I think that, clearly to the extent it has medicinal qualities, those are things that we should be looking at. Where it’s in terms of pain relief, of course. And that’s something that’s being studied, not just by us. The NFL recently announced they’re studying that issue, as well. And we should look at it.
Last part of this, I think when we change our policy, we have to be very careful, because clearly we’re going to be sending a message to a lot of young people. And at the end of the day, I think we all agree that, whether or not marijuana is a legal substance, just like with alcohol, you still have to teach young people how to use a substance like that appropriately and responsibly and so it doesn’t overwhelm your life.
So, it’s a complicated issue.
There are plenty of unhealthy things – drinking, smoking cigarettes, eating unhealthily, spending too much time in front of screens and on and on – the league allows. It seems silly to draw a hard line at marijuana.
Who wants that?
Do fans care? The increased legalization of marijuana suggests no.
Do owners care? It seems they’re already employing a lot of players who use marijuana.
Do players care? Silver echoed former commissioner David Stern, who said the league began testing for marijuana after players complained of other players playing high. But players probably don’t want their teammates playing drunk, either. And nobody is calling for alcohol testing.
It’s the marijuana-alcohol comparison – that Silver makes himself – that really gets me. Both can be used responsibly and recreationally. Both can be abused. But the NBA prohibits only one.
Silver talks about lung health. Though he ignored that there are other ways besides smoking to get high, the NBA should care about its players’ physical health.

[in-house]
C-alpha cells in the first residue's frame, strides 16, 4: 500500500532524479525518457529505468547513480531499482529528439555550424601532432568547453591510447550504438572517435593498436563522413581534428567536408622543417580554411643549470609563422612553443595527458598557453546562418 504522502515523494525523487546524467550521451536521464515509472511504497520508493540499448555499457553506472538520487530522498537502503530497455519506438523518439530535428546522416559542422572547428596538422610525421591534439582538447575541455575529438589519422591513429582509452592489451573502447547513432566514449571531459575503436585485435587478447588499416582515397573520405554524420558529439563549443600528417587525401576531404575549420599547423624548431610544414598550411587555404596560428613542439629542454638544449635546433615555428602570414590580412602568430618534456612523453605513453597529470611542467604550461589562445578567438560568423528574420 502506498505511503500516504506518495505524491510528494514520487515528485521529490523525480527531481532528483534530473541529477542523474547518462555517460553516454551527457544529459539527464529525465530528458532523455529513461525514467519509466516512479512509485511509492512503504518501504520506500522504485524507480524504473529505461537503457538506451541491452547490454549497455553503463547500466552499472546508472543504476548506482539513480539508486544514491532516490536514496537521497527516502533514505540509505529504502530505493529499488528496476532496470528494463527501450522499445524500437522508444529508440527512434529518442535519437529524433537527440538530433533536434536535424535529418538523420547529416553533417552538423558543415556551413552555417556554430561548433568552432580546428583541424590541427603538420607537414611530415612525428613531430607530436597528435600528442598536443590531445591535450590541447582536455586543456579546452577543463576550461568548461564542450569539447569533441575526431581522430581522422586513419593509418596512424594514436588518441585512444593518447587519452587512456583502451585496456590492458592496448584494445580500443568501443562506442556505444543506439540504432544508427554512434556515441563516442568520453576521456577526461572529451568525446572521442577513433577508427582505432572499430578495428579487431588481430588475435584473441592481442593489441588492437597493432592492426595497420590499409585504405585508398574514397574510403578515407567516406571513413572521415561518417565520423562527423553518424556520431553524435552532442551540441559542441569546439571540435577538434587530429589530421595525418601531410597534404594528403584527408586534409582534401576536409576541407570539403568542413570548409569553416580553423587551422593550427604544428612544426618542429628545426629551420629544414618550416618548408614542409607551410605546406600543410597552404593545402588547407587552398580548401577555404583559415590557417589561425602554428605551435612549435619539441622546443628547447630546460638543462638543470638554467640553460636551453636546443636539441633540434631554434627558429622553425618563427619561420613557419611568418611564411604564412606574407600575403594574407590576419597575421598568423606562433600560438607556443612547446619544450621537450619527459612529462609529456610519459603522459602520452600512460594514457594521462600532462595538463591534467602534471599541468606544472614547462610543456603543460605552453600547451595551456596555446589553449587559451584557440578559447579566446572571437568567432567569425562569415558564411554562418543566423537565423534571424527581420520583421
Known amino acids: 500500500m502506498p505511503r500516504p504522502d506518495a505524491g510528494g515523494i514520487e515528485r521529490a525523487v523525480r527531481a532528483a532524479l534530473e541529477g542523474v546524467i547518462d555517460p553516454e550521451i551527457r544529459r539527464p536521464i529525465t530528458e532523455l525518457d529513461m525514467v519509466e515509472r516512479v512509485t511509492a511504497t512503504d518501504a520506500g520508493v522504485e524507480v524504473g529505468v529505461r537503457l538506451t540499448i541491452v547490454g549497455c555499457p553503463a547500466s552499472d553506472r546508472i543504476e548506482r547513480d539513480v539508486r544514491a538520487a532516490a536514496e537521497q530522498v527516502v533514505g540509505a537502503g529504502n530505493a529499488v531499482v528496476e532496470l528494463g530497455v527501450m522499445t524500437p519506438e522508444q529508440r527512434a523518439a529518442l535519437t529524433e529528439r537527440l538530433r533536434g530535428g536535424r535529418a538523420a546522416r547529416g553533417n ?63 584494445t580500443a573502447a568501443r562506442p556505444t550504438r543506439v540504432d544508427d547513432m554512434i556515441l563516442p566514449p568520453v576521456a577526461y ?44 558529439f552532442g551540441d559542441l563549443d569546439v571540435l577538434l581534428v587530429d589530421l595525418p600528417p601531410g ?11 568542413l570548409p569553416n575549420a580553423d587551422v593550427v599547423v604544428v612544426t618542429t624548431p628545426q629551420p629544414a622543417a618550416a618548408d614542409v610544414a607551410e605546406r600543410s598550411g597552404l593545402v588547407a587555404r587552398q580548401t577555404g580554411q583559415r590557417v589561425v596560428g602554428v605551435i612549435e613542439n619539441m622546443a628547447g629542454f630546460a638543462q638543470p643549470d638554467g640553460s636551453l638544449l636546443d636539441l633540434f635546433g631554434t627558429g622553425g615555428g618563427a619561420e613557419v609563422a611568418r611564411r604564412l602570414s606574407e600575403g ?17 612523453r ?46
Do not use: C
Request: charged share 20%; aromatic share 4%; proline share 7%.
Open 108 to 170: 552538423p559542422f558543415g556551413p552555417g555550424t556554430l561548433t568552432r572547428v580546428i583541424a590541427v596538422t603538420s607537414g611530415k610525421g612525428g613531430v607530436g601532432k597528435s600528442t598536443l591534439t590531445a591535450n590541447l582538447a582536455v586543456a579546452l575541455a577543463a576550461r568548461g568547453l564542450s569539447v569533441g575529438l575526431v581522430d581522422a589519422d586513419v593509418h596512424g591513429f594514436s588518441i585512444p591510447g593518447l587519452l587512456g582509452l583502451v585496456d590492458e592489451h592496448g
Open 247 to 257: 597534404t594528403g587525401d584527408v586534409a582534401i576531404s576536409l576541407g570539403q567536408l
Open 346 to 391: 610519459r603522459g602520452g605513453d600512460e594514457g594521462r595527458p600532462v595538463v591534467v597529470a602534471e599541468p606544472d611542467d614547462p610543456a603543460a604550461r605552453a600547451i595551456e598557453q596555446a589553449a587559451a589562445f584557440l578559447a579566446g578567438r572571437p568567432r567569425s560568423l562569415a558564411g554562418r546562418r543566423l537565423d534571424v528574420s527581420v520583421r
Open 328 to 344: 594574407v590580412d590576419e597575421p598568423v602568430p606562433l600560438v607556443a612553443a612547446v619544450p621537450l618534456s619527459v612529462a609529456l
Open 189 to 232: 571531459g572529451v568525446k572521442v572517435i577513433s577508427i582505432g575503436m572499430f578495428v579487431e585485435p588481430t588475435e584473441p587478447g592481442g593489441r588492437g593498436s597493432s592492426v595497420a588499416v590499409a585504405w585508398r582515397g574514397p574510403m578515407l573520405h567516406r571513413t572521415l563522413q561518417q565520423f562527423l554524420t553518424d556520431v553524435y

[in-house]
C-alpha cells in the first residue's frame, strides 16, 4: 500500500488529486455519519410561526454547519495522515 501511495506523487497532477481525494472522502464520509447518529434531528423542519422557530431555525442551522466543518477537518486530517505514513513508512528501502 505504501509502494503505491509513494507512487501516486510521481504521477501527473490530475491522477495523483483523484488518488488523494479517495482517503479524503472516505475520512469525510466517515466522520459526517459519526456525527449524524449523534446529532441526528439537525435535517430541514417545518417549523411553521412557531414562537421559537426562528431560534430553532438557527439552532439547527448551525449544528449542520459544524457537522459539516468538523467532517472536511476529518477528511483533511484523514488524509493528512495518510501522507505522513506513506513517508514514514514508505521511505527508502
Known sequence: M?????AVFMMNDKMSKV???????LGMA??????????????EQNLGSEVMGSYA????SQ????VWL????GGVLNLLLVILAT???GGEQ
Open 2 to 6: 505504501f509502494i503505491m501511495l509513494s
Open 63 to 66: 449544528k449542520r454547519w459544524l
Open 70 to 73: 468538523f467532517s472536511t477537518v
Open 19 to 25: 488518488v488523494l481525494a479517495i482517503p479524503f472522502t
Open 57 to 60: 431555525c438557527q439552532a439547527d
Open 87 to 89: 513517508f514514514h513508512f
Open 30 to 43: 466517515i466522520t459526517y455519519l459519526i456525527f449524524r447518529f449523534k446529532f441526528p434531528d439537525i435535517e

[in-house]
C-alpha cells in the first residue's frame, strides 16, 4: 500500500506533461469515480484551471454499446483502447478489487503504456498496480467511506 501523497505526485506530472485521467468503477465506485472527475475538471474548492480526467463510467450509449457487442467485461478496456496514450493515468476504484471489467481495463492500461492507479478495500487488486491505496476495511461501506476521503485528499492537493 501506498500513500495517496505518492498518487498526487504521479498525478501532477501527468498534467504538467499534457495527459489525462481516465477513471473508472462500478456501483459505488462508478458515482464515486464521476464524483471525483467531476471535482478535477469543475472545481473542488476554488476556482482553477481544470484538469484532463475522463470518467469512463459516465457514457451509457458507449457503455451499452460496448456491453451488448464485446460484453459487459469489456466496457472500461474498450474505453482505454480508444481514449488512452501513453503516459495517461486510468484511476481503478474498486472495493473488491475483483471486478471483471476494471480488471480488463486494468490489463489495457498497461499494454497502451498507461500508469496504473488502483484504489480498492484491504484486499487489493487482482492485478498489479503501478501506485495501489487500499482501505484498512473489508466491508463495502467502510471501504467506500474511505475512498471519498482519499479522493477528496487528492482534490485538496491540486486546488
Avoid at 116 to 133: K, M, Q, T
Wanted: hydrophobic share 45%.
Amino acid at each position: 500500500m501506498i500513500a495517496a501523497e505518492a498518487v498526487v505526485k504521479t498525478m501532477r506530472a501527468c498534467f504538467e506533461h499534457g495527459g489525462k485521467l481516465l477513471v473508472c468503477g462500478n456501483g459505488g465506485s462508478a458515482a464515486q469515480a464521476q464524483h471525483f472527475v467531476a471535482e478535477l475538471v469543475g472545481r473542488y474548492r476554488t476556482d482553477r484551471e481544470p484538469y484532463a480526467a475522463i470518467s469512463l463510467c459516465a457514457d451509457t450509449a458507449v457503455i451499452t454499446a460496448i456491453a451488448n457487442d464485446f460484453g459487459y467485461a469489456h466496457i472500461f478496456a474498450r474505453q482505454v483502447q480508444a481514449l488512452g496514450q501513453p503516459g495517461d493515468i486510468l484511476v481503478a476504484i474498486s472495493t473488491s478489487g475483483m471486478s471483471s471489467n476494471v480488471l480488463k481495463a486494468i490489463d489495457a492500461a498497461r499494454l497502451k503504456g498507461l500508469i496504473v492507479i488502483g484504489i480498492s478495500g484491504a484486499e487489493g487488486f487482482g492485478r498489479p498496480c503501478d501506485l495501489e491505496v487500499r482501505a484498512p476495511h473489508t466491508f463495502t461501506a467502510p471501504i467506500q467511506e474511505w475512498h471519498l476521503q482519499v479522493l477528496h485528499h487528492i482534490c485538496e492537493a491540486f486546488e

The league should – and does – also care about mental health. Players depriving themselves of all vices probably isn’t good for mental wellness. Those who’d prefer to sometimes indulge in marijuana – as opposed to alcohol or some other vice – are stuck either forgoing or breaking the rules. It’s not good to build the entire system around only those who are abusing the drug.
I also push back on Silver’s think-of-the-children argument. At this very moment, it is either better for the league to prohibit or allow marijuana. I don’t think the previous rule should carry much weight on the future rule. Make the determination that’s best for the league going forward. Again – as Silver said himself – young people need to be taught about responsible drinking. They can be taught about responsible marijuana usage, too. As marijuana becomes legalized, it’s a lesson that already takes greater importance, regardless of what the NBA does.
I appreciate Silver’s nuanced view. His openness to new ideas is one of his defining traits as a commissioner. But he’s also very methodical before acting. It’s hard to see any changes until the current Collective Bargaining Agreement ends in 2023 or 2024.
But given his previous statements on marijuana, this sounds like Silver gradually moving toward a relaxed policy then.